" Schafer’s review seems to me very well informed, and his rather devastating critique of Boyarin’s book “dead on”. Indeed, his criticisms match those that I formed in reading some of Boyarin’s previous publications. On the one hand, he seems strangely unaware that much of what is valid in them has been around, and articulated more fully and accurately, in previous publications. On the other hand, he rather boldly (Schafer uses the term “wildly”) posits claims that are not only idiosyncratic but are rather easily rebutted.

In a book published originally way back in 1988, I reviewed in depth the evidence of the richness and diversity of ancient Jewish traditions about “principal agent” figures, such as the archangel Michael, and biblical figures such as Moses and Enoch, and also the rich personification of “Wisdom” and Philo’s intriguing development of the “Logos”. What I’ve read of Boyarin’s treatment of these matters seems to me, I am bound to judge, either derivative (with insufficient acknowledgement of this) or . . . well, plainly wrong. Lest someone think that this judgement reflects some sort of confessional bias (coming from me), Schafer’s extended review shows instead that it is simply what the great majority of informed scholars would say.

As Schafer observes, historical analysis of Roman-era Jewish tradition has corrected in important ways some earlier simplistic views. For example, it is clear that interest in these “principal agent” figures, which could include descriptions of them as in some ways sharing in some divine attributes, provided what we may regard as resources on which earliest Jewish Christians drew in framing their understanding of Jesus’ exalted place vis-a-vis God. And at its earliest stages what became “Christianity” was a striking movement within the diversity of the Jewish religious matrix in which it appeared.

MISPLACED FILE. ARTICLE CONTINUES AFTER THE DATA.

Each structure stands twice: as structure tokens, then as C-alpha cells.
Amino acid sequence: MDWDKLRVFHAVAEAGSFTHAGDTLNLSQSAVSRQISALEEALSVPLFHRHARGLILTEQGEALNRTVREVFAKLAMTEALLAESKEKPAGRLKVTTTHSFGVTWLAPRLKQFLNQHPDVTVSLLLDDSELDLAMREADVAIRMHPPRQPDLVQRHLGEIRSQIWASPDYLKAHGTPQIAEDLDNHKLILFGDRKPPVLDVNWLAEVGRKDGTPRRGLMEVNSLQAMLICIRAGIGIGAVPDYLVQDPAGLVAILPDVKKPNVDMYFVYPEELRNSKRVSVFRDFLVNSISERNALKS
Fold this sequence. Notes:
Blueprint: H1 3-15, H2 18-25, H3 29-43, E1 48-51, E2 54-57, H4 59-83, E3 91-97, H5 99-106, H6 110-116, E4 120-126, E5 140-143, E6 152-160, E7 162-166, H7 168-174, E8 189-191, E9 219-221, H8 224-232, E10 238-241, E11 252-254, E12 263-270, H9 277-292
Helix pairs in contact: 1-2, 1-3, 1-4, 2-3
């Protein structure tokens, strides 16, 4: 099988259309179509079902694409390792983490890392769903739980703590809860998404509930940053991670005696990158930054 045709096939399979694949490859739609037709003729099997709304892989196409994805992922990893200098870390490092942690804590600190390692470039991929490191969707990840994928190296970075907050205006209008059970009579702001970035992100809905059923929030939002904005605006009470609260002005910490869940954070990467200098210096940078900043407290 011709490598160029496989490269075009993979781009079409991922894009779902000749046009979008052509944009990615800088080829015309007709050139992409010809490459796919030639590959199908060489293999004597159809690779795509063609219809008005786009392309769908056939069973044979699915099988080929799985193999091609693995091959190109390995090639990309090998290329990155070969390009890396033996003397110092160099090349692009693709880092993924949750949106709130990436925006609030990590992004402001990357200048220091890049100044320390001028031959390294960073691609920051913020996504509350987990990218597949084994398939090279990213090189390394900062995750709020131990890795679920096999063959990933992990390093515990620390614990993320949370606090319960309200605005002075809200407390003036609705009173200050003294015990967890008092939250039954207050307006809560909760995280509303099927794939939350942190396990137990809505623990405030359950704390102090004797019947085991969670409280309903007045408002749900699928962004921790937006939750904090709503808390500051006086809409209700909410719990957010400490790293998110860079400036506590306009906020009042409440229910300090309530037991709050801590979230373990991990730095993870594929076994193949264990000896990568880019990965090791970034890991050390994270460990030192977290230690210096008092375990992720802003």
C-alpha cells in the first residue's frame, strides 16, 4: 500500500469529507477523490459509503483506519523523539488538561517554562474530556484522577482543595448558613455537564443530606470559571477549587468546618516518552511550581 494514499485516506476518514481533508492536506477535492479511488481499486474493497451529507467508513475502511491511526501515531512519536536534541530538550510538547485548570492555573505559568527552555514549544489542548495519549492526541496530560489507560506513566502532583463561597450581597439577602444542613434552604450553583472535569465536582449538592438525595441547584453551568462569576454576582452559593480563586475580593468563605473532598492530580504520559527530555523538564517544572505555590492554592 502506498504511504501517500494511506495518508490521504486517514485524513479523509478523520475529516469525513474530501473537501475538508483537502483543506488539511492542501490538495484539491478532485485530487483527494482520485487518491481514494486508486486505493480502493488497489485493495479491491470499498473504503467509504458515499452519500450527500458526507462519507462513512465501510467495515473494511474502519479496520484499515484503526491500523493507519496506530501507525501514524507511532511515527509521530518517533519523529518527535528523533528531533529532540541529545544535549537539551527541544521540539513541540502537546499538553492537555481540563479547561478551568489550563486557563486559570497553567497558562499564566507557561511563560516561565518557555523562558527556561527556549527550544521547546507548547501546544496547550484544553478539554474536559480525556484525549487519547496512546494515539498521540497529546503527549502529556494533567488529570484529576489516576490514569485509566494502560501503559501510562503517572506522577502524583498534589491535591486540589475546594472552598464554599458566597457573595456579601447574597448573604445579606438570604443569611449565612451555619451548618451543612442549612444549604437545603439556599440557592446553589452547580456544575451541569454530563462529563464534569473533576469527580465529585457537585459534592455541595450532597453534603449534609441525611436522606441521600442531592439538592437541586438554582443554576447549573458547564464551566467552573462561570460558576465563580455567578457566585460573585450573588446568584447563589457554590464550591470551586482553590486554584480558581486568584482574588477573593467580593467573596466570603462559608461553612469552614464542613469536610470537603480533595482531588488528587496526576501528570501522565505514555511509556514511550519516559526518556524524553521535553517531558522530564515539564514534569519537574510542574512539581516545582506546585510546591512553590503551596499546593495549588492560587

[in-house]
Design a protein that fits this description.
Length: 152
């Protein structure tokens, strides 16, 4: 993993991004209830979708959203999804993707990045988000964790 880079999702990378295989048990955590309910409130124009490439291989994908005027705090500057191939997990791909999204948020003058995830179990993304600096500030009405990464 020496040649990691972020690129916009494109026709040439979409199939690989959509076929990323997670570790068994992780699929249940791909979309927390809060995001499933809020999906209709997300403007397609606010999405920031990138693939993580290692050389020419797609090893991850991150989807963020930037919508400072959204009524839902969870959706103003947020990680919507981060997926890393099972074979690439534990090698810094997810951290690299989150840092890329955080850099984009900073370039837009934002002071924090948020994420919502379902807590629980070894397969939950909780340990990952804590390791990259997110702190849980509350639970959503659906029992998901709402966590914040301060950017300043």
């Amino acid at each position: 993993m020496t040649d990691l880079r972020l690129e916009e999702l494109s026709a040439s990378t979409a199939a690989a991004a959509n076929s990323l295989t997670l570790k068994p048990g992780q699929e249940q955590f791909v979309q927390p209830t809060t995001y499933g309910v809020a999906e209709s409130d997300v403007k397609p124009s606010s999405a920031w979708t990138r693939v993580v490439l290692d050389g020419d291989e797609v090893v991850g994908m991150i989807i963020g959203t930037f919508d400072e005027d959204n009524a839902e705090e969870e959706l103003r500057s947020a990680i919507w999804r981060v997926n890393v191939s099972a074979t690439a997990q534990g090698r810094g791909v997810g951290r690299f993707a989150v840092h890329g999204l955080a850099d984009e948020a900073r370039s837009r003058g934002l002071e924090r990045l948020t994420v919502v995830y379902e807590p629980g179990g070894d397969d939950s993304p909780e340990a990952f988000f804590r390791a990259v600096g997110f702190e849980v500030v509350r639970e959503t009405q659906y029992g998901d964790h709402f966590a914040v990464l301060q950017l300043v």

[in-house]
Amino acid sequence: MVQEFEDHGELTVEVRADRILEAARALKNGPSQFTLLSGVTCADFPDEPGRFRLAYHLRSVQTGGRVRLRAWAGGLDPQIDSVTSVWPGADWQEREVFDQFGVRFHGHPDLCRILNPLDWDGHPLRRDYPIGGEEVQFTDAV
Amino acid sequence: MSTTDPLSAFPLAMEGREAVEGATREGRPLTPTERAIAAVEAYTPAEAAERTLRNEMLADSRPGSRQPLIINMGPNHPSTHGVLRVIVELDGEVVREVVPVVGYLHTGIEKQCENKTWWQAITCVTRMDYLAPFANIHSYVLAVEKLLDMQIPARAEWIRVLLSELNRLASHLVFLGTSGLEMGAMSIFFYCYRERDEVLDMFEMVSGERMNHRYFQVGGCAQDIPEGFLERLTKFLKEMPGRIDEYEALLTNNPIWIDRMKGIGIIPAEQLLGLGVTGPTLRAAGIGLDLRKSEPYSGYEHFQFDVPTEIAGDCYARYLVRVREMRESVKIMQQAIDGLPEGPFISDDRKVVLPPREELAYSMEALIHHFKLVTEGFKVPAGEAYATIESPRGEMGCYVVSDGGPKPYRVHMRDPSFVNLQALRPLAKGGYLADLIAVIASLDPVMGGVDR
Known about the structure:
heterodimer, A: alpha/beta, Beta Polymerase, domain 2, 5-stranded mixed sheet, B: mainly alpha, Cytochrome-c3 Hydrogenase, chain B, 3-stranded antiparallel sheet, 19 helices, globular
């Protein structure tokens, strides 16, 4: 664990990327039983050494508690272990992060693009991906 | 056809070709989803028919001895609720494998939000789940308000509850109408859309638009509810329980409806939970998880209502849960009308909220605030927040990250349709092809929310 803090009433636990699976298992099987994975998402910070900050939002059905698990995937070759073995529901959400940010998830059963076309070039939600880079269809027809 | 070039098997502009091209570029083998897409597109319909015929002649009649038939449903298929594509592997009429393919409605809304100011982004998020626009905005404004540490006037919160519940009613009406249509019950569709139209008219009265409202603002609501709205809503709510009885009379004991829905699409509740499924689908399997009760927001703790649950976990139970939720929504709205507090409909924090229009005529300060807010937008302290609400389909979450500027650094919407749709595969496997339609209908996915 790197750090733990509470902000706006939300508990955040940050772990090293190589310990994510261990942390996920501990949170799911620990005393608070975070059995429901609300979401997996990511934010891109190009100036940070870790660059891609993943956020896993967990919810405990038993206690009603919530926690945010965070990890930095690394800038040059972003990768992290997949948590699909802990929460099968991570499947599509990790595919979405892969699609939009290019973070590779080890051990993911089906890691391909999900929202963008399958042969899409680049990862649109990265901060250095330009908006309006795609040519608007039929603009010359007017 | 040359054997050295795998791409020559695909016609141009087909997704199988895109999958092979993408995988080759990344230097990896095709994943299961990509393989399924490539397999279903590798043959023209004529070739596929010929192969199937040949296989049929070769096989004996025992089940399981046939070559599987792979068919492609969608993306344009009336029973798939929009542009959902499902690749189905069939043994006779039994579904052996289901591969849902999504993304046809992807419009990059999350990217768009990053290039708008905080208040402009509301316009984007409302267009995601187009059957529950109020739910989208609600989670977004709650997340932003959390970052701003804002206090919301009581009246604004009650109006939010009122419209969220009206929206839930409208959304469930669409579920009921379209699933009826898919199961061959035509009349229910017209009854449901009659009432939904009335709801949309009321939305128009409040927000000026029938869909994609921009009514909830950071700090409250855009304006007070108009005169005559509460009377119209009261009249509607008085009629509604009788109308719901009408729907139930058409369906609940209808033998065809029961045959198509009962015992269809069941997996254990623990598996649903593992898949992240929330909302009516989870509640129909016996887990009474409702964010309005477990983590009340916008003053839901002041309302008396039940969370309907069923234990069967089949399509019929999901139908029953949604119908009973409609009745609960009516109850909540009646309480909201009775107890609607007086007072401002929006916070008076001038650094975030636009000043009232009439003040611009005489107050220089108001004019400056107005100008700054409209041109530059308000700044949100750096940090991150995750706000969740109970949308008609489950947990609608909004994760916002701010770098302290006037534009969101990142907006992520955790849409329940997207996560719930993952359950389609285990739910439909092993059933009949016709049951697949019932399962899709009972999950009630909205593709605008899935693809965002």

But, as Schafer also judges, there were innovations as well that marked out the Jewish-Christian movement from that Matrix, or at least distinguished it. It doesn’t help to downplay or ignore them in the interest of emphasizing (rightly) the very Jewish character of earliest Christianity. In my view, the most notable innovation (to judge from the evidence of the Jewish tradition of the time) was the inclusion of the figure of the exalted/resurrected Jesus in the devotional life of believers, especially notably in their corporate worship, as a rightful recipient of devotion along with God.


Anonymous said...

Lol @ the anon Christian who called James white ragtag. Lol. They will call him scholar when he agrees with them but call him ragtag when he disagrees. Ur scholars admit trinity is not there. Stop being dummy

Eric said...

Thanks for the quotes Jesus

Anonymous said...

James wasn't referred to as "ragtag". Yahya's assortment was.

Anonymous said...

From Minoria:

1.From what I know the OT doesn't have the Trinity,but the OT doesn't have HELL and HEAVEN either.

2.MOSES,according to the OT,never heard of any heaven or hell.

3.Hundreds of years later came belief in a RESURRECTION of the dead,in the OT.We have GRADUAL REVELATION.


I know a few Unitarians,they are few(I think only 100,000 members in the US),a very moral people,but they are technically wrong saying the Trinity is not in the NT.

In MATTHEW 28 Jesus tells his disciples to go to the world and baptize in the NAME of:




In Judaism baptism/immersion in water was when a person publicly wanted the world to know he had repented he would be immersed in water.
He was telling all he had asked GOD to forgive him,that was why he was immersed in the NAME of GOD,not of MOSES,ABRAHAM,DAVID,SOLOMON or even the Messiah.
To immerse in water or baptize somebody in anybody's name except God's title of God(or at least the title of Father) was to elevate Moses,Abraham,David to the level of God,said,in effect,Moses is God,for example.